Boniface returned to Upper Hessia and repaired the losses which occurred during his absence, many having drifted back into paganism; he also administered everywhere the Sacrament of Confirmation. He continued his work in Lower Hessia. To show the heathens how utterly powerless were the gods in whom they placed their confidence, Boniface felled the oak sacred to the thunder-god Thor, at Geismar, near Fritzlar. He had a chapel built out of the wood and dedicated it to the prince of the Apostles. The heathens were astonished that no thunderbolt from the hand of Thor destroyed the offender, and many were converted. The fall of this oak marked the fall of heathenism. Tradition tells us that Boniface now passed on to the River Werra and there erected a Church of St. Vitus, around which sprang up a town which to the present day bears the name of Wannfried. At Eschwege he is said to have destroyed the statue of the idol Stuffo. Thence he went into Thuringia.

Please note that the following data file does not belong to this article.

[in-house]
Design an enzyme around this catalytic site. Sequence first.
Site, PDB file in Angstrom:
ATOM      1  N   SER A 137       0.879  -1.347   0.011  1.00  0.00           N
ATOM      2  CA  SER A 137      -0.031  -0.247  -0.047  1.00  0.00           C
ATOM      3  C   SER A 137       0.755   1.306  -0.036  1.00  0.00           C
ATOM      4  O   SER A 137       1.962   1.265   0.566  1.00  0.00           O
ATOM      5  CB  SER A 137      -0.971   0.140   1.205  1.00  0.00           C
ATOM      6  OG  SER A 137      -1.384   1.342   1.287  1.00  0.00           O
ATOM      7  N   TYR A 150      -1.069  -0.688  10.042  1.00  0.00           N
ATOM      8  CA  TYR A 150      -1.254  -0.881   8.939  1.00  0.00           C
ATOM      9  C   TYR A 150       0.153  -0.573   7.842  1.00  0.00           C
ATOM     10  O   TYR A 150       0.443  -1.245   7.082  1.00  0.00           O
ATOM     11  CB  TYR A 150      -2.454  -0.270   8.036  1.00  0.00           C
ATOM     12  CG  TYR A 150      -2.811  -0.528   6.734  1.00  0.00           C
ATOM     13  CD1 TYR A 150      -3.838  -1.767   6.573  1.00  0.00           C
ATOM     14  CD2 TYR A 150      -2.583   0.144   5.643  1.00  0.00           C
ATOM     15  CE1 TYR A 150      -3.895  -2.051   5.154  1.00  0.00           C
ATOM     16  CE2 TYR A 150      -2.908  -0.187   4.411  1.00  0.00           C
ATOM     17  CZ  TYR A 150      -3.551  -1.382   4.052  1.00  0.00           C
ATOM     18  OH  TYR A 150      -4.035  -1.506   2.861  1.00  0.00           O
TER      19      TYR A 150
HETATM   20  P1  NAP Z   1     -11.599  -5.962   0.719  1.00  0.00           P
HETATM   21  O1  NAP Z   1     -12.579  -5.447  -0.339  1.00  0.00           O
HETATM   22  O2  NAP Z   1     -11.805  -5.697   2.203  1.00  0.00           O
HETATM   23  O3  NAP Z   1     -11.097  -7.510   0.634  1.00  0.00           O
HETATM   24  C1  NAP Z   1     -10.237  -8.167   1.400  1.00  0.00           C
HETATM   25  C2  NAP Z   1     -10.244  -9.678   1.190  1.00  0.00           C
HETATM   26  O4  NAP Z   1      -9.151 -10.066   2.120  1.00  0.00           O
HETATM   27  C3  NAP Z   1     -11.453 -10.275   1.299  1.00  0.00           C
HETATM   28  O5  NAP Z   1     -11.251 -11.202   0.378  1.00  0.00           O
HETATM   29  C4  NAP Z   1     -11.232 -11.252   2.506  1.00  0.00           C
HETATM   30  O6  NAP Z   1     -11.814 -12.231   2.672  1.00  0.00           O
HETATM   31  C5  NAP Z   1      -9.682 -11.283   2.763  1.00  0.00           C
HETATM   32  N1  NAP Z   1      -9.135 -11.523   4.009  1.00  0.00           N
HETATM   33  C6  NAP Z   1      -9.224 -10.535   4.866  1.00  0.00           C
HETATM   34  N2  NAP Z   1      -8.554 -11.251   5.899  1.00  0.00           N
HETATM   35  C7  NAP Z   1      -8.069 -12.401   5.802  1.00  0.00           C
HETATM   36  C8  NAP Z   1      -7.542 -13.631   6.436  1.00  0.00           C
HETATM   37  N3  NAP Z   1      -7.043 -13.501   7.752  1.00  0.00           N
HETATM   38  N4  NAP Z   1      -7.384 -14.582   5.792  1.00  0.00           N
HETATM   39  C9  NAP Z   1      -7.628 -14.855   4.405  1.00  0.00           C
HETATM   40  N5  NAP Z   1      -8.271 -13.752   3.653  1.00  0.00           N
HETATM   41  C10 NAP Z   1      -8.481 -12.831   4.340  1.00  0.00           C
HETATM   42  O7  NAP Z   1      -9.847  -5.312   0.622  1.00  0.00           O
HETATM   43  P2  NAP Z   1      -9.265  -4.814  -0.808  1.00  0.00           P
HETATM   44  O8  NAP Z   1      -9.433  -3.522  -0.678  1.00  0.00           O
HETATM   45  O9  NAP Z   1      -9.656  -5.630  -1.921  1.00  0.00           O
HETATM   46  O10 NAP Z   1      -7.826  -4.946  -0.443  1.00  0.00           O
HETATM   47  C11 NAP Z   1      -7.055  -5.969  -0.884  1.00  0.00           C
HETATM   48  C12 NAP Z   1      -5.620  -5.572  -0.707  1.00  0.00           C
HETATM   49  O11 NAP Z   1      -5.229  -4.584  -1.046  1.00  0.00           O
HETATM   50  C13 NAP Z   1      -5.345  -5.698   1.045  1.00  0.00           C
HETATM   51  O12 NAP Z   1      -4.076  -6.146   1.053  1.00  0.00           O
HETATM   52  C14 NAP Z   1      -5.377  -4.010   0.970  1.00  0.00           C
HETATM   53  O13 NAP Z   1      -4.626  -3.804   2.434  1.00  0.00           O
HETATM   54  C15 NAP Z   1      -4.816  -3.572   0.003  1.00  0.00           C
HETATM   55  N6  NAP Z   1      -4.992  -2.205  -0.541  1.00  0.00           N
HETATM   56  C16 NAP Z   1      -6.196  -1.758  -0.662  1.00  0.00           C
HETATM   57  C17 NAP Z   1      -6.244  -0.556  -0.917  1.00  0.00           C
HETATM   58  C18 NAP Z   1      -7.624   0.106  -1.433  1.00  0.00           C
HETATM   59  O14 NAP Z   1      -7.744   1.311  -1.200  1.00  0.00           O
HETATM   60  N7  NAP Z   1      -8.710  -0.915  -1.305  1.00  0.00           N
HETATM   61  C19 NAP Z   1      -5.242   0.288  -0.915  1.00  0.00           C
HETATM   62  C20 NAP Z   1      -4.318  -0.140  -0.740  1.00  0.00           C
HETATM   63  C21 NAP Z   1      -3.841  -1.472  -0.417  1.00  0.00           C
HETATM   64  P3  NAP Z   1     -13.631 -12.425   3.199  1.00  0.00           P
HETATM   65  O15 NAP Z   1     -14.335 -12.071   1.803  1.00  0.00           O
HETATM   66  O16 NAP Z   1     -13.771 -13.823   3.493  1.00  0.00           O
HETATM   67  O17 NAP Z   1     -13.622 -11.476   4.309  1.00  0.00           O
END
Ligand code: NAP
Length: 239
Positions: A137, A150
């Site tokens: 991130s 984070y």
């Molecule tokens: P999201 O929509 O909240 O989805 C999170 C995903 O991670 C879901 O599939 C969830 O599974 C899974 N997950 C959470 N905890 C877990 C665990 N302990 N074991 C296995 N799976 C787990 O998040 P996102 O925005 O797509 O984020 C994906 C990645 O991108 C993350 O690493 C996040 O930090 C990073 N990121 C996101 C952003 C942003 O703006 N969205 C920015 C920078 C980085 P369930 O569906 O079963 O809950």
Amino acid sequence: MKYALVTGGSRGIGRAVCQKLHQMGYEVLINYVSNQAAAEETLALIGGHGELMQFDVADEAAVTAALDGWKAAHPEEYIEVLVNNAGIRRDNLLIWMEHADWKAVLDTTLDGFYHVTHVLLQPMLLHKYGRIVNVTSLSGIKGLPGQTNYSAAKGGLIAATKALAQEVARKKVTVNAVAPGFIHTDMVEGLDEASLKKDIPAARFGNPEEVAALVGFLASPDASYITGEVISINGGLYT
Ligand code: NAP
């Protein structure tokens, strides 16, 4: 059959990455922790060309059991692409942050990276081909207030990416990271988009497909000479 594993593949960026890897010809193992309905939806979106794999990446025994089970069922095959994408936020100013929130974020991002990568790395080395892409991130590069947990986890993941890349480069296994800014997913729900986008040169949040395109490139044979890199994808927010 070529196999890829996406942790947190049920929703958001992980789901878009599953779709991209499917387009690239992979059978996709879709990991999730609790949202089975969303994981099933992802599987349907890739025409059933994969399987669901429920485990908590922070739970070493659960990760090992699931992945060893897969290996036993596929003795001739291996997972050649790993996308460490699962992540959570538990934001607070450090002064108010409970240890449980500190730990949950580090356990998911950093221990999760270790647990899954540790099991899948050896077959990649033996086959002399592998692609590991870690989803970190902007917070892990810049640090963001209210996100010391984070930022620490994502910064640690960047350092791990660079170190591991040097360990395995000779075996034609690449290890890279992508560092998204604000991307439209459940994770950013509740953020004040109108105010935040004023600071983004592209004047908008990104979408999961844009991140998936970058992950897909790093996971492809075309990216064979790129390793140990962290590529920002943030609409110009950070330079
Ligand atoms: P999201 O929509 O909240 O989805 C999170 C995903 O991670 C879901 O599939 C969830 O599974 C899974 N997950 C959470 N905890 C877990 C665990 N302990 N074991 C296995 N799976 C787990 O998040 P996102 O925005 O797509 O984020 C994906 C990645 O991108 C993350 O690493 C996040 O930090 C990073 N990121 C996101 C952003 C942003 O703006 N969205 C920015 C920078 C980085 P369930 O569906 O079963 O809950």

The difficulties that confronted him here were very great Christianity had indeed made great progress, but it had become mixed up with heretical tenets and pagan customs. This was due to a great extent to some Celtic missionaries, several of whom had never been ordained, while others had been raised to the priesthood by non-Catholic bishops, though all performed priestly functions. These taught doctrines and made use of ceremonies at variance with the teaching and use of the Roman Church, especially in regard to the celebration of Easter, the conferring of baptism, celibacy, the papal and episcopal authority. Besides, many were wanting in education, some scarcely able to read or write, and equally ready to hold services for the Christians and to offer sacrifices to the idols for the heathens. A neighbouring bishop (probably of Cologne) also gave trouble, by laying claim to a part of the district under Boniface’s jurisdiction and treating his authority as an intrusion, thereby indirectly strengthening the party of the heretics. All this caused him great anxiety and suffering as may be seen from his letters to England. He overcame all, thanks to his episcopal dignity and to his own personality, full of courage and zeal in the cause which he defended, and supported by the authority of the pope and of Charles Martel. His friends helped him not only by their prayers, but also by material aid. Many valuable books, ecclesiastical articles and the like were sent to him with words of encouragement. Numbers of men and women went to Germany at different times to be his helpers. Among them were Lullus, Denehard, Burchard, Wigbert, Sola, Witta (called also Wizo and Albinus), Wunibald, Willibald and the pious women Lioba, Chunihild, Chunitrude, Berthgit, Walburga, and Thecla. With these, and others recruited in Thuringia and elsewhere in Germany, he continued his labours. The number of the faithful increased wonderfully, including many of the nobility and the educated of the country. These assisted him in the building of churches and chapels. Boniface took care to have institutions in which religious life would be fostered. In Thuringia he built the first monastery Ohrdruf on the River Ohrn near Altenberga. He appointed Thecla Abbess of Kitzingen, Lioba of Bischofsheim, and Walburga of Heidenheim.